A BARCELONA hospital has carried out a pioneering lung transplant operation with a robot involving a less invasive procedure for the patient.
The four-pronged robot called ‘Da Vinci’ was used at the Vall d’Hebron hospital in a surgery that no longer required opening up the chest and separating ribs.
‘Da Vinci’ cut through just a small area of the patient’s skin, fat and muscle to remove the damaged lung and inserted a new one through an eight-centimetre incision in the lower part of the sternum, just above the diaphragm.
Besides being safer than previous techniques, which needed a 30-centimetre cut, the patient’s post-op treatment offers less pain as the smaller wound closes far easier.
Vall d’Hebron’s Lung Transplant head, Albert Jauregui, said: “We believe it is a technique that will improve patients’ life quality, the post-surgery period and reduce pain. We hope this technique will eventually spread to more centres.”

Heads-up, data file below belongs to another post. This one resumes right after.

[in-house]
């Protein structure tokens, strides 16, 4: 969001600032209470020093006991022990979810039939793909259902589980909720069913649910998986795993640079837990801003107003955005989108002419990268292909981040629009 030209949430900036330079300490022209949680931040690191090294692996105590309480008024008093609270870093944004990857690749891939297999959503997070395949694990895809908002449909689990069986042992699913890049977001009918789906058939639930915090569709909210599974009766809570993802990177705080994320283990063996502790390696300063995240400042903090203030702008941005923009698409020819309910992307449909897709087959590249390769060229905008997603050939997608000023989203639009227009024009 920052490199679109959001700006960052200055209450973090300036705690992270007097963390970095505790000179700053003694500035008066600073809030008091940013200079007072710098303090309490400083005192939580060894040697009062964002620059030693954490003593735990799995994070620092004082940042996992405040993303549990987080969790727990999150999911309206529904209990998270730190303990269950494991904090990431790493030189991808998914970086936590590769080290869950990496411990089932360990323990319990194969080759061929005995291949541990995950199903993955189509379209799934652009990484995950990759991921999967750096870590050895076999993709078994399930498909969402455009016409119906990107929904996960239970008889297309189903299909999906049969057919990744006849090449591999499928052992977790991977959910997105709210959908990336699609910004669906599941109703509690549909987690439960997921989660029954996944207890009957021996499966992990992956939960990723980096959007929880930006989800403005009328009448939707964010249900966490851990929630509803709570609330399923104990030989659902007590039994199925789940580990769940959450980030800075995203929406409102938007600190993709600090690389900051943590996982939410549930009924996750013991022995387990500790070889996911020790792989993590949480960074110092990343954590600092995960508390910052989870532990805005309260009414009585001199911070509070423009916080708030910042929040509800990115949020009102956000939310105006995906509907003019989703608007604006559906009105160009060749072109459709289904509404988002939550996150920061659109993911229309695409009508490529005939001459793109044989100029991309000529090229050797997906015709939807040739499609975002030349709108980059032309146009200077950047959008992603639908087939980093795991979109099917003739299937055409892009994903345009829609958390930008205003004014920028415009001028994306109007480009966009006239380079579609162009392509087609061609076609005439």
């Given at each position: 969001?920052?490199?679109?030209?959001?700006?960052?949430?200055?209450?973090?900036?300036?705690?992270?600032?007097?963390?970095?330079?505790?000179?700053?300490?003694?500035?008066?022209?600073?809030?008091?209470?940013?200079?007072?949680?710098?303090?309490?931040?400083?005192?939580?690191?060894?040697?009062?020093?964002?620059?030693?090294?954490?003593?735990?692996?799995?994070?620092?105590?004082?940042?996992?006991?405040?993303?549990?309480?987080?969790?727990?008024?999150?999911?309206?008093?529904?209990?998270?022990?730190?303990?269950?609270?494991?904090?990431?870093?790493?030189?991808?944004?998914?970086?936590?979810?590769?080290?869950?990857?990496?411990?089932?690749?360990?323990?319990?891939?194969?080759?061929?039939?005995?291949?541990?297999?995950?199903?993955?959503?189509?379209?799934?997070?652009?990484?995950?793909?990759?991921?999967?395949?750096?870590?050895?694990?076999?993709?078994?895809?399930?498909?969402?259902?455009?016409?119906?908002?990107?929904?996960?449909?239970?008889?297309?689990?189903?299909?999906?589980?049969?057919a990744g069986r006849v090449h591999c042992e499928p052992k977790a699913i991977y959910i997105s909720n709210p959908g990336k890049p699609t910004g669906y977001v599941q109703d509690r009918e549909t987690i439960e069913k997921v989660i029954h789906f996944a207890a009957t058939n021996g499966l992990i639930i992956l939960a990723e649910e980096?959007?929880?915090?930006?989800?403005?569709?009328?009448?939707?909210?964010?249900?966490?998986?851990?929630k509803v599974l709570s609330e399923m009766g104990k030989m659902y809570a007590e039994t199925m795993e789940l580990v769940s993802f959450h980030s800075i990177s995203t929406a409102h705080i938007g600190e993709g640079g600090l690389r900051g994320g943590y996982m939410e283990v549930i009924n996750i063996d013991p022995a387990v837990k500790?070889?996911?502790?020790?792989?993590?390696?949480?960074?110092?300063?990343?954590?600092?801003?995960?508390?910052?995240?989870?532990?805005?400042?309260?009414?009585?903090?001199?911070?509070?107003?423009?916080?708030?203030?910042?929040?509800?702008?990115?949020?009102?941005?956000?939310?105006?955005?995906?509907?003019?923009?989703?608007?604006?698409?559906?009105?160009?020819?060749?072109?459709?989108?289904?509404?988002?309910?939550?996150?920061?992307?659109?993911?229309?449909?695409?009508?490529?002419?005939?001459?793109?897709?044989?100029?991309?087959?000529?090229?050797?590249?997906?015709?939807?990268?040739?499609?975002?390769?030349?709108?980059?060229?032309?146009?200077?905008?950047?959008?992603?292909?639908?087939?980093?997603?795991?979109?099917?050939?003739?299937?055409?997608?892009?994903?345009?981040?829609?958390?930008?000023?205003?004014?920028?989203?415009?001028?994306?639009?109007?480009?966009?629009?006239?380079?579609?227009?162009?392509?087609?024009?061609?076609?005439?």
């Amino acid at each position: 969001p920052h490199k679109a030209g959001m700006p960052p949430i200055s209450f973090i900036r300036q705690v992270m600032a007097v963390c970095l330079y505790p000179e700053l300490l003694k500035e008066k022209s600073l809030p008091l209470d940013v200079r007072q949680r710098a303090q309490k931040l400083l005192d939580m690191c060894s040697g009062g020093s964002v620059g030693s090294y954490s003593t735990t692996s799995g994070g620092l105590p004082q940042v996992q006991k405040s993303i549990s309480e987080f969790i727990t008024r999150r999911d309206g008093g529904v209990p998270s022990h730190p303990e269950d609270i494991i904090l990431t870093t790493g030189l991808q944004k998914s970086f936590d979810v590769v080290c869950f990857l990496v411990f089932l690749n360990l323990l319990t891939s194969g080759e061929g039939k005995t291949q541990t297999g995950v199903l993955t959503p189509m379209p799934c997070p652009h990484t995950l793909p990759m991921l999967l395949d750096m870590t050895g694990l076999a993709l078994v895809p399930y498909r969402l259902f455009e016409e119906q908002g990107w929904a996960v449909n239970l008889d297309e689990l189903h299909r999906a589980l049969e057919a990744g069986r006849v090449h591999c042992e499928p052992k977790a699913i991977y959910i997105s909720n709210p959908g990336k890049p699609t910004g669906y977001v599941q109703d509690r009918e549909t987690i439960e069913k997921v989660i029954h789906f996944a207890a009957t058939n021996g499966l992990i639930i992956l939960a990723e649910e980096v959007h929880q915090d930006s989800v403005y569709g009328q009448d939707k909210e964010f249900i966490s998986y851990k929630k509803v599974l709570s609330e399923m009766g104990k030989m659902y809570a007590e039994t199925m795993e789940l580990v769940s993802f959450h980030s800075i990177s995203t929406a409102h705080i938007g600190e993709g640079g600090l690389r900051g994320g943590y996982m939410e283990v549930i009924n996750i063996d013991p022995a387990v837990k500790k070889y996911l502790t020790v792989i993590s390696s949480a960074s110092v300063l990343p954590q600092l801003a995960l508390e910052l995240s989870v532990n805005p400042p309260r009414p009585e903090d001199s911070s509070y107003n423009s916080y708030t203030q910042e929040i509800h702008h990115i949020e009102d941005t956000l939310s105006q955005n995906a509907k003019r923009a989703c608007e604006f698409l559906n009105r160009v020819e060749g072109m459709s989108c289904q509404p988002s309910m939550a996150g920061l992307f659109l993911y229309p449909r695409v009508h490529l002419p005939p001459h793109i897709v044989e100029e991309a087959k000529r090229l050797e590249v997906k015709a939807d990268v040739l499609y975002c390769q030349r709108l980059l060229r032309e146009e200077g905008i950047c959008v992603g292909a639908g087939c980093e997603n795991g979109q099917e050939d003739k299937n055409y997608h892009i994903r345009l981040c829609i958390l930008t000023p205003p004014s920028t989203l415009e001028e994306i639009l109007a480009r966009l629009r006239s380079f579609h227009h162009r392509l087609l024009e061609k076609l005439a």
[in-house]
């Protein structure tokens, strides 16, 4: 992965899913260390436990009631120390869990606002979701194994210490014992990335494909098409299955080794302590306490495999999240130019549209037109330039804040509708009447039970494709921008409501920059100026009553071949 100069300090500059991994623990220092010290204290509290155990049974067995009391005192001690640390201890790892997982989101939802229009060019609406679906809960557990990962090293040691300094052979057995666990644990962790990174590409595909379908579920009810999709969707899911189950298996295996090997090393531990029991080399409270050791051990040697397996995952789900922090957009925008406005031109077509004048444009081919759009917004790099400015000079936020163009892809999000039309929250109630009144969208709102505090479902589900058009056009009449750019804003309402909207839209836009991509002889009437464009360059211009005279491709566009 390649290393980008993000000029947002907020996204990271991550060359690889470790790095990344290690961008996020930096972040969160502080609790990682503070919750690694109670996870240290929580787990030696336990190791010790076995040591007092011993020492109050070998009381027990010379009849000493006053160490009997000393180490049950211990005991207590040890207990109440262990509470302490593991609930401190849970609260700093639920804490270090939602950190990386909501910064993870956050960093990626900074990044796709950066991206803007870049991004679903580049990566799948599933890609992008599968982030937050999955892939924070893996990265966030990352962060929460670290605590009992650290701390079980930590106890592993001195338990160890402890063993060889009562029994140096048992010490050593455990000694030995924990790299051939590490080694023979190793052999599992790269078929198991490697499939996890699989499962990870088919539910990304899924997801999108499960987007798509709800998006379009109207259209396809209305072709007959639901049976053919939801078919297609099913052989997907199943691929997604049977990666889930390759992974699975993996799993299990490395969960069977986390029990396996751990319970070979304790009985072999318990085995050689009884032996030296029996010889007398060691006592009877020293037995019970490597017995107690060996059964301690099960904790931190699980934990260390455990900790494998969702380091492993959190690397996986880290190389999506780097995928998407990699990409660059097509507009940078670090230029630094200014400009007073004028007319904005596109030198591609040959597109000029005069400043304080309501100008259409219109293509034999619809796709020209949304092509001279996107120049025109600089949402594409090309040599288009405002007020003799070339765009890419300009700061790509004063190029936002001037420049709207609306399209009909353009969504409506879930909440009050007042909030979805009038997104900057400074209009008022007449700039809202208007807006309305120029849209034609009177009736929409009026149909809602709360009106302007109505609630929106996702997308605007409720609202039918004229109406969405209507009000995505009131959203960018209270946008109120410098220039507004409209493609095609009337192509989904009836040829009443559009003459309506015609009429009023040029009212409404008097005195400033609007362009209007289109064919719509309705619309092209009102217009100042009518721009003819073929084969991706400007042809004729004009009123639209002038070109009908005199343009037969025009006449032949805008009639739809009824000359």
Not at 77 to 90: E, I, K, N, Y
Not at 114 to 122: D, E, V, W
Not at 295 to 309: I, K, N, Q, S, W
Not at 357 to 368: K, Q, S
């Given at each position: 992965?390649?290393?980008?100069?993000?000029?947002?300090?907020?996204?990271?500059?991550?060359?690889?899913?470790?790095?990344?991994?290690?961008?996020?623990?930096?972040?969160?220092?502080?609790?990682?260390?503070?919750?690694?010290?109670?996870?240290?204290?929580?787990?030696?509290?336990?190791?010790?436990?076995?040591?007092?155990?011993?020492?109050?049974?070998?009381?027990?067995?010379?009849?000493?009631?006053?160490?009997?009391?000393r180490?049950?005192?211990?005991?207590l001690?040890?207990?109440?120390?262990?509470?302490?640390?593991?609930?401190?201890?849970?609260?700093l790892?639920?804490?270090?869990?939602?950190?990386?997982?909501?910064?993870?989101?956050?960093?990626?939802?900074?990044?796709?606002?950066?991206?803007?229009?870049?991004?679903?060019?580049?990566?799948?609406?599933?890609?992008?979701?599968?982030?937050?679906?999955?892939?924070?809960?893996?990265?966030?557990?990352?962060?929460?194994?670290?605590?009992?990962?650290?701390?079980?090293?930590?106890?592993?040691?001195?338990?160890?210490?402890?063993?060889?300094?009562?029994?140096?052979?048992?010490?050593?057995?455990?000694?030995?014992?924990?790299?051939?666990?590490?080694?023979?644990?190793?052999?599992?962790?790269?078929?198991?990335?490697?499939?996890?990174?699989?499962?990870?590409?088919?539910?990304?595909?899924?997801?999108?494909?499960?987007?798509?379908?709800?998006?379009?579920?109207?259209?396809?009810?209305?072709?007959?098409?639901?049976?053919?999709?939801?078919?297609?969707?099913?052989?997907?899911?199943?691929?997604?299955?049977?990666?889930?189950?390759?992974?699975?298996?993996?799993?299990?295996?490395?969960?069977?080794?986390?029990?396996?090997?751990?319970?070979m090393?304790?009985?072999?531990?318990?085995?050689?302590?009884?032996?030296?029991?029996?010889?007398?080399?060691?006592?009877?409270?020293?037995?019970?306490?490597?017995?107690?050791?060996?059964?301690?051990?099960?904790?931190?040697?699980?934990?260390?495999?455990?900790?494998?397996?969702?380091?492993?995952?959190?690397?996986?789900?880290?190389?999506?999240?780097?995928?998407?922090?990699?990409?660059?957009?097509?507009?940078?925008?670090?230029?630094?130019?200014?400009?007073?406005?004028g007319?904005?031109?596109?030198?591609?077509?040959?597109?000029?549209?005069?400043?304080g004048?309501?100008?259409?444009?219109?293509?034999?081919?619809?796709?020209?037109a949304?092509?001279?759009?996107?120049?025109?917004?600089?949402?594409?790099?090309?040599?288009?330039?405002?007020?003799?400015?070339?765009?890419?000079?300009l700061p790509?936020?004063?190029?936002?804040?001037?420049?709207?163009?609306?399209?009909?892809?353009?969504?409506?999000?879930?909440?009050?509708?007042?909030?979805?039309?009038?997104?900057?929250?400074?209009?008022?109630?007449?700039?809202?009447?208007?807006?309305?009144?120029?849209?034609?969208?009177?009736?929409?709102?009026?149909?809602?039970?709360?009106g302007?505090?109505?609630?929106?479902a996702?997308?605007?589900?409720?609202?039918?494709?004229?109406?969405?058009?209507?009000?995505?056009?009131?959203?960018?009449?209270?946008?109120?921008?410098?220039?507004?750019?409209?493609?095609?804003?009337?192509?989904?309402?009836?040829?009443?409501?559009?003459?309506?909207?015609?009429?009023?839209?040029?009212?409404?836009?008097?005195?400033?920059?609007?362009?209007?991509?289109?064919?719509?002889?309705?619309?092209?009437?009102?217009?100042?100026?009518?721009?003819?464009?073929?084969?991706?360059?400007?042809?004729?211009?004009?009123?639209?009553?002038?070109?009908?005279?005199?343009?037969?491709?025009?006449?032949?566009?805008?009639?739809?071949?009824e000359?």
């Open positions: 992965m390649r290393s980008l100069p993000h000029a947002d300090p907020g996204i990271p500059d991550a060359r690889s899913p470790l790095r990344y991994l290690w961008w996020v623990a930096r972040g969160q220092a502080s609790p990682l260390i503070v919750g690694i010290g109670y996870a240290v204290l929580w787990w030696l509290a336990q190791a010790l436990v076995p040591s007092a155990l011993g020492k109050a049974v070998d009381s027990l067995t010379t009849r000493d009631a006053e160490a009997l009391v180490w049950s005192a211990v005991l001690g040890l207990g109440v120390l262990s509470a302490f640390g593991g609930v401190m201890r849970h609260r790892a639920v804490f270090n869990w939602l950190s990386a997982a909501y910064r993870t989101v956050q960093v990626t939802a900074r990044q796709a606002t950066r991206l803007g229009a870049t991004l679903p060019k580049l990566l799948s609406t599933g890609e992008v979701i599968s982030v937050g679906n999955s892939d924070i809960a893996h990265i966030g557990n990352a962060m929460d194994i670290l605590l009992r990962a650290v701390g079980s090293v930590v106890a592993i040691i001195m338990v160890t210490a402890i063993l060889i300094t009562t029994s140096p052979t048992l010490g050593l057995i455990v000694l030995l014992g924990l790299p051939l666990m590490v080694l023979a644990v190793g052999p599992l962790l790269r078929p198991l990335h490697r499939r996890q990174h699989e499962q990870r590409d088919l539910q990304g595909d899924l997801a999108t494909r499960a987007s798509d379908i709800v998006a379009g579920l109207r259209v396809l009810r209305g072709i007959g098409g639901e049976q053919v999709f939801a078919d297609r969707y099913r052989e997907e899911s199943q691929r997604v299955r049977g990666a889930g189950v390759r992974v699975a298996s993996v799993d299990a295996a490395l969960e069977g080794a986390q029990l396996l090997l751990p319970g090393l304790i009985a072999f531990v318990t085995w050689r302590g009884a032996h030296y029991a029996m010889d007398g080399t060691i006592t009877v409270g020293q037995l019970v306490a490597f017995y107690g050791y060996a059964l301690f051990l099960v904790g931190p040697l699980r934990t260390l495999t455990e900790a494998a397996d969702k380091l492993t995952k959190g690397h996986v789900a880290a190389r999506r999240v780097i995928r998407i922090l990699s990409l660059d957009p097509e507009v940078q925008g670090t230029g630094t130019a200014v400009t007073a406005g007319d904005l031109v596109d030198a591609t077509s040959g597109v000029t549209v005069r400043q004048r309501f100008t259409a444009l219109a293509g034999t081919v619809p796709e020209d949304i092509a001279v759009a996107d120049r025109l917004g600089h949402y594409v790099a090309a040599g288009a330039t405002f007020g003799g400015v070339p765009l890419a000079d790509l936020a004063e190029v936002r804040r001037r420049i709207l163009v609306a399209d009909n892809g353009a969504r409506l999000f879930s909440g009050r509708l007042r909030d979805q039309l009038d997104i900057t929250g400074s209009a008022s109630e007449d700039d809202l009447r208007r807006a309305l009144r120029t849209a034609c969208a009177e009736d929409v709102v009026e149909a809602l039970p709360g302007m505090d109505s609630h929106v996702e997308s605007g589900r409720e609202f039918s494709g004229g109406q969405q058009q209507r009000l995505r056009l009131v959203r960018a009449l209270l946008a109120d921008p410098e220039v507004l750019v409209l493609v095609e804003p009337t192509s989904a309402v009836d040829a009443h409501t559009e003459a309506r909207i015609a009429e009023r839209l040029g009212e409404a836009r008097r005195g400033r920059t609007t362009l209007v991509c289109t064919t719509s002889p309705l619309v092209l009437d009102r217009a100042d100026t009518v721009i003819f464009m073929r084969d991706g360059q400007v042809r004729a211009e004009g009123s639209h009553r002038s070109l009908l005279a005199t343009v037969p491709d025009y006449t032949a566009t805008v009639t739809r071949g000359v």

The procedure had only previously been used in lung cancer operations and was used on 65-year-old Xavier who needed a lung transplant after suffering from pulminory fibrosis since 2007.
“I weighed up the pros and cons,” he told reporters on Monday.
“I totally trusted the robot machines because they reduce human error,” added Xavier.
He backed up Albert Jauregui’s analysis by saying that he woke up after February’s operation and felt no pain whatsoever.